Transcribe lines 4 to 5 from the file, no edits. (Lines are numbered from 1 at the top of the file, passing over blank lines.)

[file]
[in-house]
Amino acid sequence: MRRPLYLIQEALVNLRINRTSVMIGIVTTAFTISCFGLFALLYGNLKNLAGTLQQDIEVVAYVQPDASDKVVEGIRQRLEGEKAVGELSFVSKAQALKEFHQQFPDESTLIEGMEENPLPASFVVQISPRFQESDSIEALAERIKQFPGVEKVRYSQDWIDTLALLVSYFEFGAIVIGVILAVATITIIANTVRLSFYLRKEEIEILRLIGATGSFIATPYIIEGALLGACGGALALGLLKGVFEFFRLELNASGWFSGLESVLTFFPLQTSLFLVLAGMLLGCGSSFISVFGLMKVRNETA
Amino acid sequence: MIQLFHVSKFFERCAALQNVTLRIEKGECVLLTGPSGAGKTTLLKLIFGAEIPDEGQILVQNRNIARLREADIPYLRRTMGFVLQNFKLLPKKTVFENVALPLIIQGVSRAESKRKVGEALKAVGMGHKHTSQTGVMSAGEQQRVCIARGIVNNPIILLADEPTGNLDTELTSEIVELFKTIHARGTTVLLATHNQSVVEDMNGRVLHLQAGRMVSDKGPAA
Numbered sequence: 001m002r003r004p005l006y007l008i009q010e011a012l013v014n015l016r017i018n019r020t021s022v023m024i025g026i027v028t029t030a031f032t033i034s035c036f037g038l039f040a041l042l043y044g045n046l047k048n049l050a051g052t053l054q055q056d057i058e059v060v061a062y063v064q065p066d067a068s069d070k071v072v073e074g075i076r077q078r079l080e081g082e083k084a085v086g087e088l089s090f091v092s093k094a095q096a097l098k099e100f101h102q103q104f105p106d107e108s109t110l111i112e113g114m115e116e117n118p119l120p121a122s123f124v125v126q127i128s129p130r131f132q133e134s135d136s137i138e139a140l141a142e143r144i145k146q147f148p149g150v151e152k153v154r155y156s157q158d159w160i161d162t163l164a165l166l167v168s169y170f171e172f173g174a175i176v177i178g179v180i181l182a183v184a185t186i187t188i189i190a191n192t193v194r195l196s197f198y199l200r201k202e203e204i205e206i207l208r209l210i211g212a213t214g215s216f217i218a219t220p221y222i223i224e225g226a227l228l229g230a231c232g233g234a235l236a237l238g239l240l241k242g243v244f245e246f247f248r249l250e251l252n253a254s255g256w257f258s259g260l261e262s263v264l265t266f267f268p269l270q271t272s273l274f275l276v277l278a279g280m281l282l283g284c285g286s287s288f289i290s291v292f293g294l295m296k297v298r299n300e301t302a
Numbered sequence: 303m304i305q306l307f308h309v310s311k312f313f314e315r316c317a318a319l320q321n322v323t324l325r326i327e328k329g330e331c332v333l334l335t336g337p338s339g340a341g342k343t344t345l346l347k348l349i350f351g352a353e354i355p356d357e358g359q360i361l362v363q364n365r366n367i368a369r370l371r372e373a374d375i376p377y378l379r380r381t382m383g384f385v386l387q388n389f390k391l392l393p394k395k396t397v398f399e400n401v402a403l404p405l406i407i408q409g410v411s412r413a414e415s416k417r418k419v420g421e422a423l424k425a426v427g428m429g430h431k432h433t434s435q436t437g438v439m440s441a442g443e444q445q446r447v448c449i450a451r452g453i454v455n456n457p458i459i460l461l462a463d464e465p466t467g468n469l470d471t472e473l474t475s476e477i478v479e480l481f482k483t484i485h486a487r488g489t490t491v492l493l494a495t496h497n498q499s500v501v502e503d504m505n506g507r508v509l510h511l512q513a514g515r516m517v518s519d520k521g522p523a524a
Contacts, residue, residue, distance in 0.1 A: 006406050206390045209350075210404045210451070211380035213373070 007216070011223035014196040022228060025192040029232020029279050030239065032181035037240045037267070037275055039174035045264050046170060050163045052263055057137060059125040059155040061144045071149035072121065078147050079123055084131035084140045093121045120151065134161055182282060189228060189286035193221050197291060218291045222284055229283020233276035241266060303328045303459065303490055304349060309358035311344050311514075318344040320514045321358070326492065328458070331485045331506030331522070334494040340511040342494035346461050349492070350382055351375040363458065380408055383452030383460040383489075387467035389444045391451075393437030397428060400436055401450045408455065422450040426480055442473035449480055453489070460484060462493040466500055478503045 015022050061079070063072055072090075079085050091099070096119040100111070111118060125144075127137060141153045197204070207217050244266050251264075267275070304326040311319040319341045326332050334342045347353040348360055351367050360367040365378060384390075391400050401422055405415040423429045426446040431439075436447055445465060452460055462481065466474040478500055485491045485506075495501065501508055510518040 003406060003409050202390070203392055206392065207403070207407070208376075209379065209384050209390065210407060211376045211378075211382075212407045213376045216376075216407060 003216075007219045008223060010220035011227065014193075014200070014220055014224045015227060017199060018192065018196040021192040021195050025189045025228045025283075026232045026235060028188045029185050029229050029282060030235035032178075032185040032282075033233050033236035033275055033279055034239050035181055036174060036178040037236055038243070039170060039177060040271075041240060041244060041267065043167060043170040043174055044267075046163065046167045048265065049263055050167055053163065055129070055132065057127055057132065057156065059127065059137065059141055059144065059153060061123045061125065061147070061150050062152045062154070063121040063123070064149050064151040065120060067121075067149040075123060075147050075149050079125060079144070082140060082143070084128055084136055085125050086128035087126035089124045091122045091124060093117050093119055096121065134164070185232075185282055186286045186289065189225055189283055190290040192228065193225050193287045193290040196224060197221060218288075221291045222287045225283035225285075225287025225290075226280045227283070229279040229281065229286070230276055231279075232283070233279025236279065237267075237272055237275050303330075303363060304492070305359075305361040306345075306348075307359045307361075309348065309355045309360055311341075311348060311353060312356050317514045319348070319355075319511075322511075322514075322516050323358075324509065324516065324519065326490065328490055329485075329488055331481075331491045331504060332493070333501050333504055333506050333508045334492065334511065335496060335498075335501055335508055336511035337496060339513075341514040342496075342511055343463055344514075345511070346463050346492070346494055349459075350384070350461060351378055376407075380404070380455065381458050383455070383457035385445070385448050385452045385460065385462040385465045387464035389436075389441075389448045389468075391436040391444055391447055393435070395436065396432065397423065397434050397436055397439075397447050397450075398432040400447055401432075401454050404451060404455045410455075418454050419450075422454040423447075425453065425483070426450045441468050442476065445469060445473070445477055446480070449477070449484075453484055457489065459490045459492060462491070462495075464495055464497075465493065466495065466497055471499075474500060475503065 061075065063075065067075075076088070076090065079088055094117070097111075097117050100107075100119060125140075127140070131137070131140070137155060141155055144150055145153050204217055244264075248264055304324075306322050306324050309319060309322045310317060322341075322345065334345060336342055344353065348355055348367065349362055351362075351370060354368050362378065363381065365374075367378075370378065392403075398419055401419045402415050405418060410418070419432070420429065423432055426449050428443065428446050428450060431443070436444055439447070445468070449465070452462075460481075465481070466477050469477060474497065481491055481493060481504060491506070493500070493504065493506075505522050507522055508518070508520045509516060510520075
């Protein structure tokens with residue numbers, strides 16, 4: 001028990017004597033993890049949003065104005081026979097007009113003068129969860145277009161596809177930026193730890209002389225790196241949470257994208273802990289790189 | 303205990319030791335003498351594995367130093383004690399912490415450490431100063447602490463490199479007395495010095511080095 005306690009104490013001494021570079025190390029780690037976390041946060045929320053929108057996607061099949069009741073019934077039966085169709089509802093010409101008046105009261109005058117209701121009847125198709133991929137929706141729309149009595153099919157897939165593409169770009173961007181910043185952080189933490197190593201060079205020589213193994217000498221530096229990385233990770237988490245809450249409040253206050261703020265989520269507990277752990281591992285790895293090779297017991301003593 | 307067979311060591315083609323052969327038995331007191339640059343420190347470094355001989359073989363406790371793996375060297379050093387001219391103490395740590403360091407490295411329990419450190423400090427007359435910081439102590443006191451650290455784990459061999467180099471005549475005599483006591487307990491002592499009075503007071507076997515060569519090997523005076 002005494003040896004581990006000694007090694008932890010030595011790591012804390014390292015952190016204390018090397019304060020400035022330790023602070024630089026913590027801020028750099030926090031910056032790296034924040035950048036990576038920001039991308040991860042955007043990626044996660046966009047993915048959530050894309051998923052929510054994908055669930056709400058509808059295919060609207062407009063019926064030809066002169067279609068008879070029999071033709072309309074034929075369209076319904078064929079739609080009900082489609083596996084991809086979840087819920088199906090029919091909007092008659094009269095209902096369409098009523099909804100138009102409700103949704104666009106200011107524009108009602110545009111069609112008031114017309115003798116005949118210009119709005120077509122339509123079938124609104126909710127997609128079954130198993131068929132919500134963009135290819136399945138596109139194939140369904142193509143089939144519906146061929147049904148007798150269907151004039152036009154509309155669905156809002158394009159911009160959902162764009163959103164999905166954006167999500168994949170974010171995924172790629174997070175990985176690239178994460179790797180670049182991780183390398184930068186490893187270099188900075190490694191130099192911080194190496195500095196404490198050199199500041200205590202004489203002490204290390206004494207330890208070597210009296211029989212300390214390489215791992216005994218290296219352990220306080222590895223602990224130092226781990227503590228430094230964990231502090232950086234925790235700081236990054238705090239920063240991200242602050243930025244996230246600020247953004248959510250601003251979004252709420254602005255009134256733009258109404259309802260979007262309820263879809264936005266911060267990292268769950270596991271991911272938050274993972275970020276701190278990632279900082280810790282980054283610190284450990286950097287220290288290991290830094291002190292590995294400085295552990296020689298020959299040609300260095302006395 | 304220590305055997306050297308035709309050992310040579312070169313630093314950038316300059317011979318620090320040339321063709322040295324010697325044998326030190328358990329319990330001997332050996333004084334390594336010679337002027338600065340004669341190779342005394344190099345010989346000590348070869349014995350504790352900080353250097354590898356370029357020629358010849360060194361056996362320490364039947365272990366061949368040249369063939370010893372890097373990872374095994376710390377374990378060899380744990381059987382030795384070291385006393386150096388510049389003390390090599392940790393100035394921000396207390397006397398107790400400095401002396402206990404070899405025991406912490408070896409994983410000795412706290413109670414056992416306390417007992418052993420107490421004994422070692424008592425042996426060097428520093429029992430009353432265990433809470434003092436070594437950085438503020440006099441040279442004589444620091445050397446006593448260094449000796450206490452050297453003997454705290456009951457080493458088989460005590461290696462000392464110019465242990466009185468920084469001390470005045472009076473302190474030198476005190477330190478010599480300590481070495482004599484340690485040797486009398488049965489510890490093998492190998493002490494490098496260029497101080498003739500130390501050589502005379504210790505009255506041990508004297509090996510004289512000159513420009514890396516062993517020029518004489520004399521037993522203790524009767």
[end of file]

Numbered sequence: 001m002r003r004p005l006y007l008i009q010e011a012l013v014n015l016r017i018n019r020t021s022v023m024i025g026i027v028t029t030a031f032t033i034s035c036f037g038l039f040a041l042l043y044g045n046l047k048n049l050a051g052t053l054q055q056d057i058e059v060v061a062y063v064q065p066d067a068s069d070k071v072v073e074g075i076r077q078r079l080e081g082e083k084a085v086g087e088l089s090f091v092s093k094a095q096a097l098k099e100f101h102q103q104f105p106d107e108s109t110l111i112e113g114m115e116e117n118p119l120p121a122s123f124v125v126q127i128s129p130r131f132q133e134s135d136s137i138e139a140l141a142e143r144i145k146q147f148p149g150v151e152k153v154r155y156s157q158d159w160i161d162t163l164a165l166l167v168s169y170f171e172f173g174a175i176v177i178g179v180i181l182a183v184a185t186i187t188i189i190a191n192t193v194r195l196s197f198y199l200r201k202e203e204i205e206i207l208r209l210i211g212a213t214g215s216f217i218a219t220p221y222i223i224e225g226a227l228l229g230a231c232g233g234a235l236a237l238g239l240l241k242g243v244f245e246f247f248r249l250e251l252n253a254s255g256w257f258s259g260l261e262s263v264l265t266f267f268p269l270q271t272s273l274f275l276v277l278a279g280m281l282l283g284c285g286s287s288f289i290s291v292f293g294l295m296k297v298r299n300e301t302a
Numbered sequence: 303m304i305q306l307f308h309v310s311k312f313f314e315r316c317a318a319l320q321n322v323t324l325r326i327e328k329g330e331c332v333l334l335t336g337p338s339g340a341g342k343t344t345l346l347k348l349i350f351g352a353e354i355p356d357e358g359q360i361l362v363q364n365r366n367i368a369r370l371r372e373a374d375i376p377y378l379r380r381t382m383g384f385v386l387q388n389f390k391l392l393p394k395k396t397v398f399e400n401v402a403l404p405l406i407i408q409g410v411s412r413a414e415s416k417r418k419v420g421e422a423l424k425a426v427g428m429g430h431k432h433t434s435q436t437g438v439m440s441a442g443e444q445q446r447v448c449i450a451r452g453i454v455n456n457p458i459i460l461l462a463d464e465p466t467g468n469l470d471t472e473l474t475s476e477i478v479e480l481f482k483t484i485h486a487r488g489t490t491v492l493l494a495t496h497n498q499s500v501v502e503d504m505n506g507r508v509l510h511l512q513a514g515r516m517v518s519d520k521g522p523a524a